So here is one example of a nudge:
- Take an authoritarian who will not listen to anyone else and will not compromise
- Get the authoritarian to write his plans for the future which scares everyone shitless with the audacious scope for disaster
- Tell them that there is no alternative (TINA (c) Margaret Thatcher)
- Wait and see what happens
This appears to be the case with Lansley's plans for so-called social enterprises. Let's just put to one side that no one in the world has ever created the large number of large social enterprises att at the same time that Lansley plans. Let's just put aside that when the public finds out that by making all hospitals and community health services social enterprises is actually privatising the majority of the NHS. Let's just put all of that aside for a moment. Let's just consider commissioning.
The nudge here is a big bloody punch in the solar plexus: PCTs will be abolished by 2013. The big problem with this plan is that the PCTs do something useful: they have the expertise to be able to plan for the healthcare needs of an area. Lansley says that GPs will have to do this in the future, but most GPs say that they don't have a clue how to do this. This may mean that in some cases PCT commissioners will take on jobs with the new GP commissioning consortia and continue their work there. The problem is that there are expected to be about 500 consortia, as opposed to the 152 PCTs which means that the economies of scale are in the wrong direction. (No one explained this simple fact to Commissar Lansley, but then I guess they decided not to annoy him in fear of their jobs.) Another option is for the PCT commissioners to move to private sector companies, but contrary to what Cobnservatives tell you, the private sector is invariably more expensive than the public sector.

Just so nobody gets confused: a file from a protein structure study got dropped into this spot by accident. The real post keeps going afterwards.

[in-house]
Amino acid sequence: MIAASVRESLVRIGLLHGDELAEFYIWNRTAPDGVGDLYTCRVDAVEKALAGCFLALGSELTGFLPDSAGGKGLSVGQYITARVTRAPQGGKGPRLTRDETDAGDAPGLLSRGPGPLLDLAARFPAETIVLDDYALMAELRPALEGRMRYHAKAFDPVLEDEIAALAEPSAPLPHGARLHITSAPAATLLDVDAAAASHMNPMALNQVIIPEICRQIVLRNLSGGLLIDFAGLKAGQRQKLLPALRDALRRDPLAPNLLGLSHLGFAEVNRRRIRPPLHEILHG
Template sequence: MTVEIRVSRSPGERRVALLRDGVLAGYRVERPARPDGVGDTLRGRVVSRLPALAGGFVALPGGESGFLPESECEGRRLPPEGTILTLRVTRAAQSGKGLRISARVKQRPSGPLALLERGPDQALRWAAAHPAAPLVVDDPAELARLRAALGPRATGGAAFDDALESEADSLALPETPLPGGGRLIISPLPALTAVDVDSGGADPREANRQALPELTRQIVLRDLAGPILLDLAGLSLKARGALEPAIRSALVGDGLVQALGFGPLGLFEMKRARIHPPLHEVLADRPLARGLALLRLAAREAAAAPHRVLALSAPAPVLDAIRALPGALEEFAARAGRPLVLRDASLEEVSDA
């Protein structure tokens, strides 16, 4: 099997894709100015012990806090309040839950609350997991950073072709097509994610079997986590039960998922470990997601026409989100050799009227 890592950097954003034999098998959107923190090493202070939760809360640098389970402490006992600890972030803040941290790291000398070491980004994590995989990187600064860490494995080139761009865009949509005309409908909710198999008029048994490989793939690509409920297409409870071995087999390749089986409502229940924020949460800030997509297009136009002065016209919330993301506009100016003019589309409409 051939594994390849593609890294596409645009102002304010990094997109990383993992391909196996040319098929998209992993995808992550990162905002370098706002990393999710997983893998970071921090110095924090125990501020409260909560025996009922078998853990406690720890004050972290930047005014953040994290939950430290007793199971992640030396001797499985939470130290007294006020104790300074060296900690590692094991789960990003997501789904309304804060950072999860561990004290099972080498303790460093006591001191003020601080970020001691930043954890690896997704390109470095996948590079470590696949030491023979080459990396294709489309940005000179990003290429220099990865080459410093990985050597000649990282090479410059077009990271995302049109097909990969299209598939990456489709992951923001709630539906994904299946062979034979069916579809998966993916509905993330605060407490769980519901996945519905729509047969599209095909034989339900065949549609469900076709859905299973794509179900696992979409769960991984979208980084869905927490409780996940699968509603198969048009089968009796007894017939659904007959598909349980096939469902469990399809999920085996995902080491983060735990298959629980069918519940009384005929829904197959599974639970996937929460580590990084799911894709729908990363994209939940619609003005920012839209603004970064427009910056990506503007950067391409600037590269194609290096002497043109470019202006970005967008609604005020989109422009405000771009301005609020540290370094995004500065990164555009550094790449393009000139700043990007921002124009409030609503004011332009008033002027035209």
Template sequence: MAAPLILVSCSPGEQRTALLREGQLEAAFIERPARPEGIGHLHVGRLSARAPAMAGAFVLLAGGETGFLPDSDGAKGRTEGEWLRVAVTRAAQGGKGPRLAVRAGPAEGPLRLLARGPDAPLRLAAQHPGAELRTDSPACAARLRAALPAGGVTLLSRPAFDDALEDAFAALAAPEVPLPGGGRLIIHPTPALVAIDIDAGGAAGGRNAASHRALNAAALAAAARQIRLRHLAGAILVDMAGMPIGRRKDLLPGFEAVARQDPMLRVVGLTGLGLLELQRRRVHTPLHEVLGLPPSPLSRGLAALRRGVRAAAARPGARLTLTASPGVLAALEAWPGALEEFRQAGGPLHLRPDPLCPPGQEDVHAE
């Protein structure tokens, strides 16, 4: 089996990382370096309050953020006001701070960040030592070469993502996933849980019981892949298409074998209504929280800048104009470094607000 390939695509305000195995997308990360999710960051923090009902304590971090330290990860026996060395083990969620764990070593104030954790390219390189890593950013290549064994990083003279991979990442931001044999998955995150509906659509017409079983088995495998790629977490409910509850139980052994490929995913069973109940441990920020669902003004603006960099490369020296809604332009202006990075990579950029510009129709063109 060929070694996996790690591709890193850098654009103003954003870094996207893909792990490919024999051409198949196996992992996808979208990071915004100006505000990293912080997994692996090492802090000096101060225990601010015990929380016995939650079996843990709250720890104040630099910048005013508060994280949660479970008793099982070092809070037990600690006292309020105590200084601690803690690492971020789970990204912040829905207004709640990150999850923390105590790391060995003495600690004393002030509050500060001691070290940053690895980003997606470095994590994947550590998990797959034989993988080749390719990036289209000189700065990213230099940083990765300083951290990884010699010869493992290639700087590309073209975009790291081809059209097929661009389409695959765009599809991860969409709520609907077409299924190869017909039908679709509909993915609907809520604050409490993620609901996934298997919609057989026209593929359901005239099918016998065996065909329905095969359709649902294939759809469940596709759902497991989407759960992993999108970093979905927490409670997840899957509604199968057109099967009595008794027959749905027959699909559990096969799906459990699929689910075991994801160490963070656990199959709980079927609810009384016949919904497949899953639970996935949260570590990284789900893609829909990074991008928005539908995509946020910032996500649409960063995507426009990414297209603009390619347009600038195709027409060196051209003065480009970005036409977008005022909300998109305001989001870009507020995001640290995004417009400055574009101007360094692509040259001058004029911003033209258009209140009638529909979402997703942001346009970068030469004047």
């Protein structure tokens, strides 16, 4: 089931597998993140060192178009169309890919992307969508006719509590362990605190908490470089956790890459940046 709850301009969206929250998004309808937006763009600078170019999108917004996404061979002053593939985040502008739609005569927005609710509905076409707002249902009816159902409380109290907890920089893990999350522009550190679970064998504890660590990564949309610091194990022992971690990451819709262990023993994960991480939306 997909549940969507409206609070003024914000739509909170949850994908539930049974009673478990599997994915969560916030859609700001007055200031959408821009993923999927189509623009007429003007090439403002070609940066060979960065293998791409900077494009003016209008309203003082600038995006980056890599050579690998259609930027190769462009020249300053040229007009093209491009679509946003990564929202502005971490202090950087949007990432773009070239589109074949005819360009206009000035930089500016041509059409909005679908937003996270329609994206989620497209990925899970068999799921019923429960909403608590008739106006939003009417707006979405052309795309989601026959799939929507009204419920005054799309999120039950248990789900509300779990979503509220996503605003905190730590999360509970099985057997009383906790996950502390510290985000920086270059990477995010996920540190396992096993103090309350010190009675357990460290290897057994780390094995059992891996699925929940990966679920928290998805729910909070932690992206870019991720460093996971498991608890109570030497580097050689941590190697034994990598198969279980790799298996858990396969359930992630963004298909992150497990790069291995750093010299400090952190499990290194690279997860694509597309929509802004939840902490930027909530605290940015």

So now we hear from Pulse thatPCTs are thinking of becoming social enterprises and selling their expertise to the GP consortia:
'The advantages are there are a lot of skills within PCTs. I think it would be a disaster for the health service to make all these people redundant, put them into private companies to be sold back to the health service at increased rates. Nor do I think the private sector currently has the people or the skills to support all the potentially 500 consortia.' Dr Nigel Watson, chair of the GPC’s commissioning and service development subcommitteeSo the Commissar gets his way. Before the law has even been written people are already doing exactly what he wants. Nudges clearly work.